The purpose of our ongoing studies is to develop a hypoglycemia alarm based on continuous measurements of EEG and automated real-time analysis. Iaione and Marques14
published the development of an automated algorithm using digital signal processing and artificial neural networks with the aim of developing a hypoglycemia detector system. They achieved a fair performance, but to our knowledge, the concept was not commercialized. Our aim is to develop a portable real-time hypoglycemia alarm device for T1DM patients with hypoglycemia unawareness. For such a device to be suitable for clinical use, it must fulfill a number of criteria: it must have a high sensitivity and an infrequent occurrence of false positive alarms, it must be suitable for long-term use with minimal discomfort for the patient, and, preferably, it should require little or no calibration.
One of our initial insulin-induced hypoglycemia studies demonstrated that the majority of patients develop EEG changes ahead of cognitive deterioration.5
By repeating the experiments in a subgroup of the patients, the presence of an individual glucose threshold for EEG changes was confirmed. In another study, the concept of a real-time alarm device was tested.15
We found that most patients received an alarm in proper time to take action and were able to prevent impending severe hypoglycemia by carbohydrate intake. The study was carried out both during daytime and sleep, underscoring that it was possible to differentiate the characteristic EEG sleep patterns from hypoglycemia-associated EEG changes. If an alarm device shall be used without extensive individual calibration, it is of utmost importance that the hypoglycemia-associated EEG changes are similar in all patients. A large data set is required to address this issue. Therefore, in this article, we have pooled data from different trials conducted so far. This gathering of data from different protocols, none of which is recorded for the actual purpose of this study, constitutes a weakness of the present study.
However, the hypoglycemia induction procedure was similar in all protocols. Additionally, EEG signals recorded with subcutaneous and cup/cap electrodes are comparable regarding amplitude and frequency distribution. We have conducted a number of parallel recordings confirming this during our development. Furthermore, for each patient, the normoglycemic and hypoglycemic EEG sequences were part of one continuous recording, thereby being conducted during the exact same circum-stances. Accordingly, the significant and stable changes in the qEEG variables are unlikely to be caused by differences in study procedures. If anything, it may tend to obliterate differences, underscoring the fact that qEEG changes are not dependent on procedure. We found that hypoglycemia-associated EEG changes are independent of age and duration of diabetes.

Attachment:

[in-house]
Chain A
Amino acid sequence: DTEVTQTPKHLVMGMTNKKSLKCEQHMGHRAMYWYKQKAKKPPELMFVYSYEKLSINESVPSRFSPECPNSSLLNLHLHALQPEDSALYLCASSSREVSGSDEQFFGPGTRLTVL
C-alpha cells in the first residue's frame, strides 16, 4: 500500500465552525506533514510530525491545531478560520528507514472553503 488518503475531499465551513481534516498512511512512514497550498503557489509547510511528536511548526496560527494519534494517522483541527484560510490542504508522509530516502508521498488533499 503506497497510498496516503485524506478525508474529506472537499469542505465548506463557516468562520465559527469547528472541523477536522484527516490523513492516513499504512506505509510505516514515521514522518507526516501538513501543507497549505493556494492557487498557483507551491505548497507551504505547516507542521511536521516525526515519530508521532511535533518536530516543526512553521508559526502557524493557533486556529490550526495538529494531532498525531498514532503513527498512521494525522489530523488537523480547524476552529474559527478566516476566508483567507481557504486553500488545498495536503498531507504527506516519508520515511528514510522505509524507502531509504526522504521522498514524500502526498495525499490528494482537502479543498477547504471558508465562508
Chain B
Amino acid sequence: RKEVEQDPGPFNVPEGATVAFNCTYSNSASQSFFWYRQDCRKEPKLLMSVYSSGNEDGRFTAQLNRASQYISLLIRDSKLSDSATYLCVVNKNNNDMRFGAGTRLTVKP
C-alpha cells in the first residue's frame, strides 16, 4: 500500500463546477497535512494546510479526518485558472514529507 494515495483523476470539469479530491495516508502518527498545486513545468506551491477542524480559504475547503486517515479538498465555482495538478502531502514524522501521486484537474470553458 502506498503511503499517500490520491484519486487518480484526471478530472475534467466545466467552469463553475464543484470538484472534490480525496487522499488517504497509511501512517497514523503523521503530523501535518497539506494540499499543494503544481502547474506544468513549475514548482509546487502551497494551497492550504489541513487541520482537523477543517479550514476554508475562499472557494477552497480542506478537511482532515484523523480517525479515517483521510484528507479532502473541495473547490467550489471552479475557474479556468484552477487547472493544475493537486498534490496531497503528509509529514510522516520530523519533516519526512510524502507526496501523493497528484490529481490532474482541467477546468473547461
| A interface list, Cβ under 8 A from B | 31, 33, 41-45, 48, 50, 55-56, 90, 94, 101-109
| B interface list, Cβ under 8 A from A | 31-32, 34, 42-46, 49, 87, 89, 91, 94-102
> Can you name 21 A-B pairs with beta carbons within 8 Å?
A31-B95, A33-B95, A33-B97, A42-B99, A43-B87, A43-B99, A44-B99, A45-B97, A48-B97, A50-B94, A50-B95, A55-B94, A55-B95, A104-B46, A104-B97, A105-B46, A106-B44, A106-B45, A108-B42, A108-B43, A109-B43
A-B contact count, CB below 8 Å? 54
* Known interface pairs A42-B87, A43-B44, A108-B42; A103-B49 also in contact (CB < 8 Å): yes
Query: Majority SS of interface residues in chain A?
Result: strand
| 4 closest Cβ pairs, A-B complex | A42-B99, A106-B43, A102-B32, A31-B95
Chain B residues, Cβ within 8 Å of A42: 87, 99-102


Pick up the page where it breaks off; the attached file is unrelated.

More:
Regarding gender, a significant difference in an important hypoglycemia indicator was found since a larger increase of absolute amplitude in the theta band in female subjects compared with male subjects was demonstrated. However, taking into account the small difference as compared with the hypoglycemia versus normoglycemia, this is likely to be caused by multiple testing. In a previous study in T1DM patients conducted during euglycemic condition, it was demonstrated that female gender is associated with higher values of delta power.16
Age, age at diabetes onset, and duration of diabetes has been shown not to influence the baseline EEG in diabetes subjects.16
With respect to hypoglycemia awareness status, we found some qEEG change discrepancies across the subgroup (beta amplitude, alpha and beta centroid frequency). Bendtson and coauthors6
found that only patients with abolished glucagon release expressed hypoglycemia-related EEG changes and suggested that glucagon has a protective action on the brain during hypoglycemia. Although the awareness status of the patients was not given in that study, it may be assumed that the glucagon nonresponders were also the patients with impaired awareness of hypoglycemia. Earlier, we found that EEG changes were independent of glucagon release.5
In a study of nondiabetic patients, insulin-induced hypoglycemia was ceased either by glucose or glucagon injection. In accordance with our observation, no protective effect of glucagon on EEG changes was found.17
From the data in the present study, it is not possible to explain the EEG response difference between patients with unawareness and patients with sustained awareness. Because this difference seems independent of age, duration of diabetes, and glucagon response, unawareness and altered hypo-glycemia-associated EEG changes may share a rather common course. The hypoglycemia alarm device will be directed primarily toward patients suffering from unawareness. However, since awareness status is likely to be a dynamic rather than permanent condition, it will be necessary to look closely at potentially dynamic differences in hypoglycemia-associated EEG changes. Such is the focus of ongoing studies.
It remains controversial whether patients with diabetes have EEG aberrations as compared with nondiabetic individuals during euglycemia conditions. Previous reports have demonstrated a significant loss of fast oscillations (alpha and beta activity) in the posterior temporal regions of diabetes patients.16
In another published study, however, EEG was recorded during childhood diabetes and was repeated in adulthood 16 years later.18
The data were stratified according to the prevalence of severe hypoglycemia during childhood. This prospective study, which can be assumed to be sensitive with regard to long-term consequences of severe hypoglycemia, failed to confirm the prevalence of persistent EEG changes. Therefore, the detected EEG changes must be ascribed to the acute hypoglycemia.